A1 Journal article (refereed)
Neurocognitive Predictors of Response to Intervention With GraphoGame Rime (2021)


Wilson, A., Ahmed, H., Mead, N., Noble, H., Richardson, U., Wolpert, M. A., & Goswami, U. (2021). Neurocognitive Predictors of Response to Intervention With GraphoGame Rime. Frontiers in Education, 6, Article 639294. https://doi.org/10.3389/feduc.2021.639294


JYU authors or editors


Publication details

All authors or editors: Wilson, Angela; Ahmed, Henna; Mead, Natasha; Noble, Hannah; Richardson, Ulla; Wolpert, Mary A.; Goswami, Usha

Journal or series: Frontiers in Education

eISSN: 2504-284X

Publication year: 2021

Volume: 6

Article number: 639294

Publisher: Frontiers Media SA

Publication country: Switzerland

Publication language: English

DOI: https://doi.org/10.3389/feduc.2021.639294

Publication open access: Openly available

Publication channel open access: Open Access channel

Publication is parallel published (JYX): https://jyx.jyu.fi/handle/123456789/75223


Abstract

This study explores the neurocognitive predictors of response to intervention with GraphoGame Rime (GG Rime), an adaptive software game designed to aid the learning of English phonics. A cohort of 398 children (aged 6–7 years) who had participated in a recent randomised controlled trial (RCT) of GG Rime in the United Kingdom were studied. Half were randomly assigned to play GG Rime and the other half were assigned to Business As Usual (BAU). A series of pretests were given prior to the intervention to all participants, designed to measure phonological awareness skills, executive function (EF) skills and the ability to synchronise finger tapping to a rhythmic beat. Rhythmic synchronisation has been linked to reading readiness and early reading attainment, and is related to phonological awareness. Individual differences prior to the intervention in all three types of measure were significantly associated with progression through the game. Gender was also important for progression through the game, with boys progressing significantly further than girls. Vocabulary was not a predictor of progression through the game. Playing time, rhythmic synchronisation, phonological skills and EF skills did not differ by gender. Once playing time and non-verbal cognitive ability were controlled, phonological awareness, EF, rhythmic synchronisation and gender all remained significant predictors of progression through the game. In further analyses comparing these predictors, their interactions and controlling for the autoregressor of prior responsiveness to phonics instruction, phoneme awareness and EF skills were the strongest unique predictors. Analyses with the whole cohort (analysing BAU and GG children independently) showed that all neurocognitive measures contributed to progress in reading and spelling over the school year. We conclude that individual differences in phonological skills and EF skills predict which children will benefit most from computer assisted reading interventions like GG Rime. Further, boys respond better to this computerised intervention than girls. Accordingly, to be maximally beneficial to poor readers, the supplementary use of GG Rime in addition to ongoing classroom literacy instruction could be especially targeted to boys, but should be accompanied by a focus on developing both oral phonological awareness and EF skills.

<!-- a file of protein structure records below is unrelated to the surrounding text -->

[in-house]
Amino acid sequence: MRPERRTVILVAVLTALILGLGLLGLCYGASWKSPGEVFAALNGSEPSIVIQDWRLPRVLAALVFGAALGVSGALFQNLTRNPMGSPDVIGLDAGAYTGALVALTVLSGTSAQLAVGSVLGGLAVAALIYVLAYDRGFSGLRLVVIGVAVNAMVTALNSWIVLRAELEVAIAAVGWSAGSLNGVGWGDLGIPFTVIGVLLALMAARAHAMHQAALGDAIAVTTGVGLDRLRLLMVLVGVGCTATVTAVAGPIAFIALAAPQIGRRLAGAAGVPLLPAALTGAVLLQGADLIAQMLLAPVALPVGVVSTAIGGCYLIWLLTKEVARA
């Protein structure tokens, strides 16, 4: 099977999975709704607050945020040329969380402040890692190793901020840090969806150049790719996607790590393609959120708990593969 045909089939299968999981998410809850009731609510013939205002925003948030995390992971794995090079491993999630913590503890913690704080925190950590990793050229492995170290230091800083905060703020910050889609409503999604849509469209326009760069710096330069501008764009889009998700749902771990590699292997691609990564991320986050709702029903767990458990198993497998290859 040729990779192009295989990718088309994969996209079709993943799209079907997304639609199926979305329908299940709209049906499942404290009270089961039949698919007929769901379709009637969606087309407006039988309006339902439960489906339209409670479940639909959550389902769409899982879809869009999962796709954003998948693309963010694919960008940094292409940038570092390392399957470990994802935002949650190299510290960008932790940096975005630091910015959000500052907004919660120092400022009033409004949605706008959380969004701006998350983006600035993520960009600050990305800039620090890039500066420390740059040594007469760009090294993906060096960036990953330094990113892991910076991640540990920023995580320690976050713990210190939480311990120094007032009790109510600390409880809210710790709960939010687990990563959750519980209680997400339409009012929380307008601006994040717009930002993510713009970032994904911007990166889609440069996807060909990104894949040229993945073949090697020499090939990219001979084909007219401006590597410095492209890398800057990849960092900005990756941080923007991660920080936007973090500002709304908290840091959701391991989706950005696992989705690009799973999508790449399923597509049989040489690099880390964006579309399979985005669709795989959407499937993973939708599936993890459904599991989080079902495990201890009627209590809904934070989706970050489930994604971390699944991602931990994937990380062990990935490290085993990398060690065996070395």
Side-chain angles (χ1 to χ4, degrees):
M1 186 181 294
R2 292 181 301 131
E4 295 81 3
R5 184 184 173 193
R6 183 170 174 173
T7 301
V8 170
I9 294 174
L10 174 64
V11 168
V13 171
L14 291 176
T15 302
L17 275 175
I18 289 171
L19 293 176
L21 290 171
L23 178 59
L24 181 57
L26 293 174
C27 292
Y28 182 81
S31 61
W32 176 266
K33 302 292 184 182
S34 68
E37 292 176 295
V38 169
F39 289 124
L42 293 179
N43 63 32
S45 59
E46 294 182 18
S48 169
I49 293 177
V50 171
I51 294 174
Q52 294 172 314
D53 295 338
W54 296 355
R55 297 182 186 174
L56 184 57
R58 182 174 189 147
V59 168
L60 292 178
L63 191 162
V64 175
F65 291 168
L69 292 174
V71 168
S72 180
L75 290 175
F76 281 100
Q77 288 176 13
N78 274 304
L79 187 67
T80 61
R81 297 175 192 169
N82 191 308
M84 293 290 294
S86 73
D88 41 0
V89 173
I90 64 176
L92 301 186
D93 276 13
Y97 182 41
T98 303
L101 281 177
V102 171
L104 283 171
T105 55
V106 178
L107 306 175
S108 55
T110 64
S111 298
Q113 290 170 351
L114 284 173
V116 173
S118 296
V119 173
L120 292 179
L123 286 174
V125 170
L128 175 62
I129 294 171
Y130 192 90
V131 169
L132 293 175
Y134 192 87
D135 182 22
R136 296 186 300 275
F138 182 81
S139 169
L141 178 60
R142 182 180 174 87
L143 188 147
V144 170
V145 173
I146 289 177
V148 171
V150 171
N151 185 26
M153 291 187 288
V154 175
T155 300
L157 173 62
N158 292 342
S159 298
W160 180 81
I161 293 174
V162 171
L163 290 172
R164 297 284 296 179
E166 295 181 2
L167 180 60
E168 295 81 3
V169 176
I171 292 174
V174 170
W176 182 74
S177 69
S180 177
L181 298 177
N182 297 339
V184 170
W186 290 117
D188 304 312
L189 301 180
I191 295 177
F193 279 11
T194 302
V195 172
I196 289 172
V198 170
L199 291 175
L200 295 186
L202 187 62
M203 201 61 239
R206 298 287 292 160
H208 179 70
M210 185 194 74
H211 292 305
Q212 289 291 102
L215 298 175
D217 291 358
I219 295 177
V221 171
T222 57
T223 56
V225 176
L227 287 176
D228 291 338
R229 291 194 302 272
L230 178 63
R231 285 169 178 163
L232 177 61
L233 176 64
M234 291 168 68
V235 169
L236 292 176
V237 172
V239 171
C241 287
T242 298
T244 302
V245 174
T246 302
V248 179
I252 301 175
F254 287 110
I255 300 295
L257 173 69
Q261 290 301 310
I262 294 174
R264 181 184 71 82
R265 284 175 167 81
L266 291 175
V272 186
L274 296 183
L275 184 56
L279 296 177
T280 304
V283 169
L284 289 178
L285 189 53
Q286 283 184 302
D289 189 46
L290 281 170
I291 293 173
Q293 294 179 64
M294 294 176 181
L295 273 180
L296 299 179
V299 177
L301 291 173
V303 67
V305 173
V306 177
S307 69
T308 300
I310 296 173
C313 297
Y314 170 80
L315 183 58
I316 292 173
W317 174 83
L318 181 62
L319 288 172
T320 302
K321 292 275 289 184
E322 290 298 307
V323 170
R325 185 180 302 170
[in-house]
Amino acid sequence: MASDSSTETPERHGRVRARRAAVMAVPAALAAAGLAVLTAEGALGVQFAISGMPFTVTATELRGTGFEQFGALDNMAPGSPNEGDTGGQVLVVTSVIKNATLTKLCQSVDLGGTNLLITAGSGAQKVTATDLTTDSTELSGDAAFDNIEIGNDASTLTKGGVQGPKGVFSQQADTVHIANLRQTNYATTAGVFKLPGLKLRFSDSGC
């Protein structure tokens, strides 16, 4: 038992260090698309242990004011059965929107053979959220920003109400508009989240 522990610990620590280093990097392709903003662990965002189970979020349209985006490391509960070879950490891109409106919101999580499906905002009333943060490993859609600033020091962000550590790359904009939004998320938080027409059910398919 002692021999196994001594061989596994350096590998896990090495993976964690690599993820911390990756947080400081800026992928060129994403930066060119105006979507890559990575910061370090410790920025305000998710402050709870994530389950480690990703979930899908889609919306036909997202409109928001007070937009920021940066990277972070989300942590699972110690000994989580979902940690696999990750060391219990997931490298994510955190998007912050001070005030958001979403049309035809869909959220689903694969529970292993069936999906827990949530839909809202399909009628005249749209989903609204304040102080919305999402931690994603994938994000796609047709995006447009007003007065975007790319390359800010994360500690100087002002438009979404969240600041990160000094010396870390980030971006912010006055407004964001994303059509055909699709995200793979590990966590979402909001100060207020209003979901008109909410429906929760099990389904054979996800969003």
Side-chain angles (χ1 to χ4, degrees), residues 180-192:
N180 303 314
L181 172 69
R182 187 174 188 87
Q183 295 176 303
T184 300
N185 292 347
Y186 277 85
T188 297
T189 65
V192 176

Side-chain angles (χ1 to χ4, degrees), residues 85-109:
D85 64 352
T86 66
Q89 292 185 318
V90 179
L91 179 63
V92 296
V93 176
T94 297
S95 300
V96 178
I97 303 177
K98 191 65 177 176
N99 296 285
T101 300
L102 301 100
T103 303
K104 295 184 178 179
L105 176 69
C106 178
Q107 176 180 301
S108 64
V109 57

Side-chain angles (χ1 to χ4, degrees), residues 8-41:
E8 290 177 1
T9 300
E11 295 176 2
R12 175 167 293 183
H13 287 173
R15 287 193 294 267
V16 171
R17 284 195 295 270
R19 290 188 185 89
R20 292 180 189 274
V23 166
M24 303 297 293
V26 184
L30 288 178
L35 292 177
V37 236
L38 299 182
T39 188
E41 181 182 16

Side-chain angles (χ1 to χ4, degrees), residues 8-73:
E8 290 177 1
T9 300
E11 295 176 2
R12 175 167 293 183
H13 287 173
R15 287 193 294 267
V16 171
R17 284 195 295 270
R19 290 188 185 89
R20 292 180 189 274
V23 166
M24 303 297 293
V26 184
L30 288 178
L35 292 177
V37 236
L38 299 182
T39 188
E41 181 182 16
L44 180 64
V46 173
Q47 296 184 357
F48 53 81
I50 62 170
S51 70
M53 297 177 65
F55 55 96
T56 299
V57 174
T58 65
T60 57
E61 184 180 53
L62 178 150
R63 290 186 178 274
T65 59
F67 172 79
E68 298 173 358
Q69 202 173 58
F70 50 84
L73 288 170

Keywords: language development; phonological awareness; executive functions (psychology); computer-assisted learning; educational games

Free keywords: reading software; phonological awareness; phonics instruction; executive function; tapping accuracy; GraphoGame


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Ministry reporting: Yes

Preliminary JUFO rating: 1


Last updated on 2021-17-09 at 16:06